I get it, reading a novel takes commitment, time–it’s like starting a relationship. I jotted down feedback from this conference on what not to do, because in many ways agents represent the reader. And in real relationship fashion I’m going to share writing tips that also apply to dating.

Kate says it all

Kate says it all

  1. Explicit Intro: On average, talking about sex when first meeting someone isn’t a good idea—definitely off-putting. Opening a novel with an explicit sex scene is a big no-no as well. Now, with Erotica, the rules may be different but I image the reader isn’t thrown into a steamy bedroom scene in the first line.
  2. Showing Off: Ok, raise your hands if you like dating a show-off? Huh, I don’t see any hands. Unless you’re writing for writers or masters of the English language, the reader just wants a good story. To be entertained. Why use a twenty-dollar word when a five-dollar one will work?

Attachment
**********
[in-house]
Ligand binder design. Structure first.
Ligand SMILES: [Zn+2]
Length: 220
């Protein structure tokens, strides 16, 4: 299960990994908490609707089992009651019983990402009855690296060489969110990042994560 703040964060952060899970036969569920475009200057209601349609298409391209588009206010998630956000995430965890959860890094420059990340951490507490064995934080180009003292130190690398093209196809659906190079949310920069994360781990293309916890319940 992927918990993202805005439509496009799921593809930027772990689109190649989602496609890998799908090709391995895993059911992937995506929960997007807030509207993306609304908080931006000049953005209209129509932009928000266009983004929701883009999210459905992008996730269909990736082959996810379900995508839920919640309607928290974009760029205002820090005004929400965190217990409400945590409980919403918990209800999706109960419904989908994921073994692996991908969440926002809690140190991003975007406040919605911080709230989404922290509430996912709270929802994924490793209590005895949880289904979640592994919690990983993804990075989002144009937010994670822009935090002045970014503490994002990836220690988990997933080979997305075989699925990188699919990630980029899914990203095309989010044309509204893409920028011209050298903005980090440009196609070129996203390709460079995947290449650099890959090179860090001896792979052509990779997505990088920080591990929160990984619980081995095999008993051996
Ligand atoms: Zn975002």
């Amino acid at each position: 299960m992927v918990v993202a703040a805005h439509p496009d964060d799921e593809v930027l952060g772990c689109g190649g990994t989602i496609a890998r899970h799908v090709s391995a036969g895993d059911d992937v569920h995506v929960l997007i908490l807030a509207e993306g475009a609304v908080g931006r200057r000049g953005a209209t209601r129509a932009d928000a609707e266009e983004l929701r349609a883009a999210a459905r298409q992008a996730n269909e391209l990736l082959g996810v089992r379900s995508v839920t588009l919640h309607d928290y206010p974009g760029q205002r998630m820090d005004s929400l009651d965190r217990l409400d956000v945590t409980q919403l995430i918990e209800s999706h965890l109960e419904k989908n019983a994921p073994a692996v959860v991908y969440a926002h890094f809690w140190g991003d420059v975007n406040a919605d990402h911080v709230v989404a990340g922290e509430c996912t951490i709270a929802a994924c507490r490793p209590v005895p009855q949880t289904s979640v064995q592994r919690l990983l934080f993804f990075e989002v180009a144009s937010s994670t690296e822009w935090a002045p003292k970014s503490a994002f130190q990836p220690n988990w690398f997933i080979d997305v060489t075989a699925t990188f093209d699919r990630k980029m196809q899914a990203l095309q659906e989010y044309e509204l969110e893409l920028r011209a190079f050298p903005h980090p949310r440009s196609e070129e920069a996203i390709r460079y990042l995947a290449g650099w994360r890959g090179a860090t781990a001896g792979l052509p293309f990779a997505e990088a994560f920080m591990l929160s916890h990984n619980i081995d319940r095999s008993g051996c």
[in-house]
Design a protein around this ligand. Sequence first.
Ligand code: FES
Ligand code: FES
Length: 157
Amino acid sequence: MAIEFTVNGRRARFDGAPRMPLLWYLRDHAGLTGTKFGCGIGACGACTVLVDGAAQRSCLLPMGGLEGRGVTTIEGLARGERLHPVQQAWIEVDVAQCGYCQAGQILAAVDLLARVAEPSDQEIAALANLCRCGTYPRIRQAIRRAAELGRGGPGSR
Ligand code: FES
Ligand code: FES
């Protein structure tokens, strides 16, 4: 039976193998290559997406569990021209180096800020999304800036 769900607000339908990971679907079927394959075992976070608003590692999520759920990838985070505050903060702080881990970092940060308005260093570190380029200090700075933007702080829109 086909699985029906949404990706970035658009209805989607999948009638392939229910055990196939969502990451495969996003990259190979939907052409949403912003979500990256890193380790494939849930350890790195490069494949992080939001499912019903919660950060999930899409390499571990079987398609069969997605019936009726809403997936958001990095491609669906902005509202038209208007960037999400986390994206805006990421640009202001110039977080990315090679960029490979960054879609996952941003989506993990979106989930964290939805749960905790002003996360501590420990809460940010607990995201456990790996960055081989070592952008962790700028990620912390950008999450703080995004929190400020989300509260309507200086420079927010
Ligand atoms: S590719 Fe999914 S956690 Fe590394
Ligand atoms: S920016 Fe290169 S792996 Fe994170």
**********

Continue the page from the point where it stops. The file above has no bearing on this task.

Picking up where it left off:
3. TMI (too much information):  Sharing all your business on the first date is an easy way to lose the interest of a potential partner. Where’s the mystery? What’s there to wonder about? It’s nice having to work a little when getting to know someone. Same applies to writing. Information dumping in the beginning doesn’t create that I-can’t-wait-to-see-what-happens response. Actually, it does the opposite–a real snooze-fest!
  4. Lack of Authenticity: No one can be you better than you. It’s really awkward being on a date when the person isn’t being themselves. Be true to the character and story by writing realistically. And it’s totally fine to do it your own way.